Ruminations on the difference between "moral" and "legal"

Discussion in 'Religion and Ethics' started by MuslimAgorist, May 27, 2010.

  1. MuslimAgorist

    MuslimAgorist Member

    Mar 13, 2010
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    Have you ever pirated music? Do you speed? Have you ever refilled a milk container with water? That’s illegal in some states. This society is so over regulated that it is physically impossible to know all the laws we are expected to obey. Congress doesn't read a fraction of the bills they pass. Police will tell you that "ignorance of the law is no excuse," but they are equally ignorant, if not more so.

    So, why are people uncomfortable admitting they are criminals? For many, especially the jingoist “law-abiding citizen” crowd, this is because "legal” and “moral” are synonymous in their mind.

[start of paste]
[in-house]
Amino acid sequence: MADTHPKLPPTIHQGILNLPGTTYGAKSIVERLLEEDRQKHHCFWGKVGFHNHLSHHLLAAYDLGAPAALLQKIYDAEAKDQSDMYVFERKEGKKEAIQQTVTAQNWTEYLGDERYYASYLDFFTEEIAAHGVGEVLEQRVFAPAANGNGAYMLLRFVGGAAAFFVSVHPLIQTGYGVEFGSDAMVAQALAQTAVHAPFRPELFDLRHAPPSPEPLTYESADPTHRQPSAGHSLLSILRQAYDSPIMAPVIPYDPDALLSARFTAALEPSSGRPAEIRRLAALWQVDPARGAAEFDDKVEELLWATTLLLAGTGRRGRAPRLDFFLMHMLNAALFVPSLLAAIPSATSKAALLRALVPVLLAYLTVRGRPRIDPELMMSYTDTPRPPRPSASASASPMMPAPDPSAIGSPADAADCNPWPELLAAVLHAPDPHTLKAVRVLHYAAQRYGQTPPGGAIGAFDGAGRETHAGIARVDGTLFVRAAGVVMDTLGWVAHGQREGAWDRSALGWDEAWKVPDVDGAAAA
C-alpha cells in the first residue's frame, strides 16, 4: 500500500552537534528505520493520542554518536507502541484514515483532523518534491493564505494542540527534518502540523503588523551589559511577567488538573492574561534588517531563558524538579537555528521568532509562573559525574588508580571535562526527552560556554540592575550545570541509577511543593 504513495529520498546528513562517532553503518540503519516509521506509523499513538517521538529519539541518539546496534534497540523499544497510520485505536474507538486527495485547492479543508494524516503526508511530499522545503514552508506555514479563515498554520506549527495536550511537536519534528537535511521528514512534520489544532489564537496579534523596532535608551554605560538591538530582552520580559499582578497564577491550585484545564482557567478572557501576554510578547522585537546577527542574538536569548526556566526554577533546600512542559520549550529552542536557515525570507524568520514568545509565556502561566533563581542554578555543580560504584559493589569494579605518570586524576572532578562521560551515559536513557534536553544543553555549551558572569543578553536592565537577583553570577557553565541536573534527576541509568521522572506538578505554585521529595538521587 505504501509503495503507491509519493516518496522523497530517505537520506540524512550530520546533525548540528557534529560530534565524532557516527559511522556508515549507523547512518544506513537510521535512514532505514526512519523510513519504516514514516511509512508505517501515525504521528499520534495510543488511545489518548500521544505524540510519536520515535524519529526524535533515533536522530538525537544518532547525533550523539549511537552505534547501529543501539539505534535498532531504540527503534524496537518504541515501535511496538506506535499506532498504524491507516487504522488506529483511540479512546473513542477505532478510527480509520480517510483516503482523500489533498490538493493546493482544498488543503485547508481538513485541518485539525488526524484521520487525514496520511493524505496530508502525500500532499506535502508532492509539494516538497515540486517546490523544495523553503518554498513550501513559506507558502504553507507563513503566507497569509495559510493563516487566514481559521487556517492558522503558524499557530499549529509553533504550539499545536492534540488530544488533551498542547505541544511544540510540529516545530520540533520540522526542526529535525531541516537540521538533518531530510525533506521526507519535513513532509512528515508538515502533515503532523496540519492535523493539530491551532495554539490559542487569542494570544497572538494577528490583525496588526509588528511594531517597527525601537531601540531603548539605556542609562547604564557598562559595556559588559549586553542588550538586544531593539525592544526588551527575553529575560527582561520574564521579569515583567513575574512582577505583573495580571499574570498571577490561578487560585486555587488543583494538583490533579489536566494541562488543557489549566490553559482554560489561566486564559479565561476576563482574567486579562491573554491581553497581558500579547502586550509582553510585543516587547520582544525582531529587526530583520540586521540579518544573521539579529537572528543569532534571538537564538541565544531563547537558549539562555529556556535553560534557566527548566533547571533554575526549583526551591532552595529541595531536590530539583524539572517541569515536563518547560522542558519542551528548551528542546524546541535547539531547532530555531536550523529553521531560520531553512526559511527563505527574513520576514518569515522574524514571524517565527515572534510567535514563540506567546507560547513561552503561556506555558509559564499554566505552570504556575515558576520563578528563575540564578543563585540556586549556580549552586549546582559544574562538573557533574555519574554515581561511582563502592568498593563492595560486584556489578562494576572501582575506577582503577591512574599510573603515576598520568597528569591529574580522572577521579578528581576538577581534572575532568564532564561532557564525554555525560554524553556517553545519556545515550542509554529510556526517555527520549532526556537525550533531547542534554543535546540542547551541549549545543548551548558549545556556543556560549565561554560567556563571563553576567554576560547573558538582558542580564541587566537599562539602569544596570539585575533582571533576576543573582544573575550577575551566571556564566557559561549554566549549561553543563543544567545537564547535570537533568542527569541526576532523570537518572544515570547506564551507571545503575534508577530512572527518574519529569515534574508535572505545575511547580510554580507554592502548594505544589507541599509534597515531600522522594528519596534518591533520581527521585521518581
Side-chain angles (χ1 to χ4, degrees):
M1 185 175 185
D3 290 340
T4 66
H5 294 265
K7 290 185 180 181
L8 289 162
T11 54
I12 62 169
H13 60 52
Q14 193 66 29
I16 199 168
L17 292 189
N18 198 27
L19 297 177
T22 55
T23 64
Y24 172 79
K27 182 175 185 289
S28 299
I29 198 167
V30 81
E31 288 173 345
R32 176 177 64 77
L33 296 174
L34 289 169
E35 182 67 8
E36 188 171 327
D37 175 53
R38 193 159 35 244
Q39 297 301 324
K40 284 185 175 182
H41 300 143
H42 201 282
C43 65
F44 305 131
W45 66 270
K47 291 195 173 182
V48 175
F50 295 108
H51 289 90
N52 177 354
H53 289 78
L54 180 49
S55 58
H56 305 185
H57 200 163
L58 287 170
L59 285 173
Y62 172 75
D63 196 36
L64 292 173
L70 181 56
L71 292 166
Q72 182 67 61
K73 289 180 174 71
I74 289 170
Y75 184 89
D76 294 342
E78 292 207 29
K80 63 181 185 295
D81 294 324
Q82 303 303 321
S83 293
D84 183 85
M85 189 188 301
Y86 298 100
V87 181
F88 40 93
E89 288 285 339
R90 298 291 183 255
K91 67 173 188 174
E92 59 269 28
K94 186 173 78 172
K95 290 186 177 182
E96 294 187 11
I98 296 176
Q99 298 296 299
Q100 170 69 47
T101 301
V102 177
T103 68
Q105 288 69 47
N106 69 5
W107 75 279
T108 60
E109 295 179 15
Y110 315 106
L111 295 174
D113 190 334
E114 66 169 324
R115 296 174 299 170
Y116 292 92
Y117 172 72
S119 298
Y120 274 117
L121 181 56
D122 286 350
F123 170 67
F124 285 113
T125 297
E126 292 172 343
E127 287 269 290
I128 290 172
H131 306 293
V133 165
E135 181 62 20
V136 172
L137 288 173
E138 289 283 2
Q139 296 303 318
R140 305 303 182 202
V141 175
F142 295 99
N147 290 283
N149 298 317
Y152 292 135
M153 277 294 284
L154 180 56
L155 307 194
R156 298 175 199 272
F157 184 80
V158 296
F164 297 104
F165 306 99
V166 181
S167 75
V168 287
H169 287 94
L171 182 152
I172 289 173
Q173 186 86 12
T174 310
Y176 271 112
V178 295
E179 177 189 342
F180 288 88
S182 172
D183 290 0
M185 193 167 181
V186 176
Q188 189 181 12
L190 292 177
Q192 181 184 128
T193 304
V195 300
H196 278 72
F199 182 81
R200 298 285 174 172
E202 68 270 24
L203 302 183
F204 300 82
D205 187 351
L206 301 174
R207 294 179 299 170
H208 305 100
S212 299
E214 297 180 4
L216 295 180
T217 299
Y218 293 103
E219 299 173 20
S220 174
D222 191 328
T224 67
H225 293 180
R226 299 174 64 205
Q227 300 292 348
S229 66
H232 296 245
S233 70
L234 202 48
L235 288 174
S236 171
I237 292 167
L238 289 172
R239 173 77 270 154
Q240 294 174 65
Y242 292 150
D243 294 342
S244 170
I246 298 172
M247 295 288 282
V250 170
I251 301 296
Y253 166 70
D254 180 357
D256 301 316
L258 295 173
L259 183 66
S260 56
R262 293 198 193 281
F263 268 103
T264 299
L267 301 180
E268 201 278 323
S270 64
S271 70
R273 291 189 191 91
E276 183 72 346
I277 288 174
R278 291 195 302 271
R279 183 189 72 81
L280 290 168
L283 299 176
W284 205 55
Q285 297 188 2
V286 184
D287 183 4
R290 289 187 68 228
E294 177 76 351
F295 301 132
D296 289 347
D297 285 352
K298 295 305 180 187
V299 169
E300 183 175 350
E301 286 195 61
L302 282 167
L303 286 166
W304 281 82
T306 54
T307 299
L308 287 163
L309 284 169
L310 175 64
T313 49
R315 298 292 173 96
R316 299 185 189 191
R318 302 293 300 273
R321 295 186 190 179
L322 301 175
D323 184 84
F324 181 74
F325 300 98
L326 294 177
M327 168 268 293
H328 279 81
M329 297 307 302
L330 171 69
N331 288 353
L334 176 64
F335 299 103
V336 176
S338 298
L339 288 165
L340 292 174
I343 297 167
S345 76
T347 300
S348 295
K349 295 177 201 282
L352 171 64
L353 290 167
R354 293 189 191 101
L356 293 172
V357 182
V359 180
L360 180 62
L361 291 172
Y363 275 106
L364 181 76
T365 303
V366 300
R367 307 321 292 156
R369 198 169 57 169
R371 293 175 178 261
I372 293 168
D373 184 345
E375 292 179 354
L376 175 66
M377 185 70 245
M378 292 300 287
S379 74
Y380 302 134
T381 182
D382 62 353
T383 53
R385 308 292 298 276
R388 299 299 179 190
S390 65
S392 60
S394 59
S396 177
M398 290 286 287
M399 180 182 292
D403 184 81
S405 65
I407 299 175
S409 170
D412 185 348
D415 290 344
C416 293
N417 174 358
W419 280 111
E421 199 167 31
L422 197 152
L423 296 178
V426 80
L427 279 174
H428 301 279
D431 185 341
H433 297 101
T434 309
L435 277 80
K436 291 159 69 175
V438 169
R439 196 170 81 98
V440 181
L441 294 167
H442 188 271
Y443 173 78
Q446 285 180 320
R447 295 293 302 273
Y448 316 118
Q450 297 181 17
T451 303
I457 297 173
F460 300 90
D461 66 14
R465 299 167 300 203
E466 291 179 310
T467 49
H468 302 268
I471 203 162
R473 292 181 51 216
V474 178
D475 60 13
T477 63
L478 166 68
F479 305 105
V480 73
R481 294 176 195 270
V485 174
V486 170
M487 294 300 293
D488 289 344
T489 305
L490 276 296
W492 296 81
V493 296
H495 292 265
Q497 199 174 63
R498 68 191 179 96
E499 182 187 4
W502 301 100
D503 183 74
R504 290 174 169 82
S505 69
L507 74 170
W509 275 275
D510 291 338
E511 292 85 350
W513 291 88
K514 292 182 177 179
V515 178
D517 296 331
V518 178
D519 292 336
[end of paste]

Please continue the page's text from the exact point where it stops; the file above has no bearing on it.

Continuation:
Let's acknowledge some similarities. Both "moral" and "legal" attempt to prescribe right action. In Criminal Law "moral turpitude" describes criminal behavior that is considered "contrary to community standards or good morals". Although this can be very ambiguous, and subject to disagreement among legal scholars, most agree that it includes theft, rape, murder and those transgressions which are clearly acts of willful evil. These overlaps between "moral" and "legal" are likely the source of the confusion. For some reason people can't separate crimes of moral turpitude from the myriad of other statutes that have no moral content at all. So let's separate them.

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